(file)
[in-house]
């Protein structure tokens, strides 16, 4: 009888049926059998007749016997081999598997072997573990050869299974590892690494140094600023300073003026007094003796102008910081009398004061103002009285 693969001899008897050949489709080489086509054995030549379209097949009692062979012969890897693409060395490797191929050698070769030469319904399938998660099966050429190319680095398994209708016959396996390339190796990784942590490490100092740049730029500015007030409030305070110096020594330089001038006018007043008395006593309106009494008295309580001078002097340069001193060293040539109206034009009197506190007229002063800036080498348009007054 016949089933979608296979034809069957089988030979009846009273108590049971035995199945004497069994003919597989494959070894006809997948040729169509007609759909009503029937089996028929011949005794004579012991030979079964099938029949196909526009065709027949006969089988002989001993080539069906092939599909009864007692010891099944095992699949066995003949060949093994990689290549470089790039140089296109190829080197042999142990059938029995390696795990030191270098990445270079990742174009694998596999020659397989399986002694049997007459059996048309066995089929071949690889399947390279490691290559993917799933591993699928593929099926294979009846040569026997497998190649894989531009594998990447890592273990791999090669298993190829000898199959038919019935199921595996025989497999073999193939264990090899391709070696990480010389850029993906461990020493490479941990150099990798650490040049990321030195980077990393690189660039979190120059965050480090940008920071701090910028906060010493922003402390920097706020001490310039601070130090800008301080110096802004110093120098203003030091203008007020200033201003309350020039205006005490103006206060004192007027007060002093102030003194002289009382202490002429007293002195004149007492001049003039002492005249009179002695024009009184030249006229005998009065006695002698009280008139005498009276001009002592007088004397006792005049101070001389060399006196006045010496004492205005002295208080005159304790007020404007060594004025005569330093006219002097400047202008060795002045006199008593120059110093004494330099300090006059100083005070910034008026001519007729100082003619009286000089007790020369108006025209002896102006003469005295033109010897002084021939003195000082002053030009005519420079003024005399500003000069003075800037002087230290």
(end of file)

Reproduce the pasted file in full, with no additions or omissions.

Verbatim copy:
[in-house]
């Protein structure tokens, strides 16, 4: 009888049926059998007749016997081999598997072997573990050869299974590892690494140094600023300073003026007094003796102008910081009398004061103002009285 693969001899008897050949489709080489086509054995030549379209097949009692062979012969890897693409060395490797191929050698070769030469319904399938998660099966050429190319680095398994209708016959396996390339190796990784942590490490100092740049730029500015007030409030305070110096020594330089001038006018007043008395006593309106009494008295309580001078002097340069001193060293040539109206034009009197506190007229002063800036080498348009007054 016949089933979608296979034809069957089988030979009846009273108590049971035995199945004497069994003919597989494959070894006809997948040729169509007609759909009503029937089996028929011949005794004579012991030979079964099938029949196909526009065709027949006969089988002989001993080539069906092939599909009864007692010891099944095992699949066995003949060949093994990689290549470089790039140089296109190829080197042999142990059938029995390696795990030191270098990445270079990742174009694998596999020659397989399986002694049997007459059996048309066995089929071949690889399947390279490691290559993917799933591993699928593929099926294979009846040569026997497998190649894989531009594998990447890592273990791999090669298993190829000898199959038919019935199921595996025989497999073999193939264990090899391709070696990480010389850029993906461990020493490479941990150099990798650490040049990321030195980077990393690189660039979190120059965050480090940008920071701090910028906060010493922003402390920097706020001490310039601070130090800008301080110096802004110093120098203003030091203008007020200033201003309350020039205006005490103006206060004192007027007060002093102030003194002289009382202490002429007293002195004149007492001049003039002492005249009179002695024009009184030249006229005998009065006695002698009280008139005498009276001009002592007088004397006792005049101070001389060399006196006045010496004492205005002295208080005159304790007020404007060594004025005569330093006219002097400047202008060795002045006199008593120059110093004494330099300090006059100083005070910034008026001519007729100082003619009286000089007790020369108006025209002896102006003469005295033109010897002084021939003195000082002053030009005519420079003024005399500003000069003075800037002087230290």